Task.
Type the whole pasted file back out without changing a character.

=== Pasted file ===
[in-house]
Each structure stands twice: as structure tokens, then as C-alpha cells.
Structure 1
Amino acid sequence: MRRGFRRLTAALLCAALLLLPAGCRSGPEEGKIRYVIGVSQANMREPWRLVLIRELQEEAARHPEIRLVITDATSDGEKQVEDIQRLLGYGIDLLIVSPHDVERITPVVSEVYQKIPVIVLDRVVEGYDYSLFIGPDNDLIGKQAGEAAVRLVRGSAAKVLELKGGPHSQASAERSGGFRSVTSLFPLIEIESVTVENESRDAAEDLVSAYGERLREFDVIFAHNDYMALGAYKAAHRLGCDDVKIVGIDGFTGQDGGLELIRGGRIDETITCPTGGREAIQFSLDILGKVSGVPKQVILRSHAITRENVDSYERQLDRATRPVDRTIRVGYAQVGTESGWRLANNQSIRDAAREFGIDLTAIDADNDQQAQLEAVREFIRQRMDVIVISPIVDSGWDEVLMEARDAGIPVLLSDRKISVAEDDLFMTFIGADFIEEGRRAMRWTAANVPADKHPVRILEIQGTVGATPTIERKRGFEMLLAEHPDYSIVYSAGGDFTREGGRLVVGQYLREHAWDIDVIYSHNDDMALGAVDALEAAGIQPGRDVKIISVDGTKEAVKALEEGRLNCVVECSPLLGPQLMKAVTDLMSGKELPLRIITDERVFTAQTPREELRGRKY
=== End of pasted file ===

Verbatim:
[in-house]
Each structure stands twice: as structure tokens, then as C-alpha cells.
Structure 1
Amino acid sequence: MRRGFRRLTAALLCAALLLLPAGCRSGPEEGKIRYVIGVSQANMREPWRLVLIRELQEEAARHPEIRLVITDATSDGEKQVEDIQRLLGYGIDLLIVSPHDVERITPVVSEVYQKIPVIVLDRVVEGYDYSLFIGPDNDLIGKQAGEAAVRLVRGSAAKVLELKGGPHSQASAERSGGFRSVTSLFPLIEIESVTVENESRDAAEDLVSAYGERLREFDVIFAHNDYMALGAYKAAHRLGCDDVKIVGIDGFTGQDGGLELIRGGRIDETITCPTGGREAIQFSLDILGKVSGVPKQVILRSHAITRENVDSYERQLDRATRPVDRTIRVGYAQVGTESGWRLANNQSIRDAAREFGIDLTAIDADNDQQAQLEAVREFIRQRMDVIVISPIVDSGWDEVLMEARDAGIPVLLSDRKISVAEDDLFMTFIGADFIEEGRRAMRWTAANVPADKHPVRILEIQGTVGATPTIERKRGFEMLLAEHPDYSIVYSAGGDFTREGGRLVVGQYLREHAWDIDVIYSHNDDMALGAVDALEAAGIQPGRDVKIISVDGTKEAVKALEEGRLNCVVECSPLLGPQLMKAVTDLMSGKELPLRIITDERVFTAQTPREELRGRKY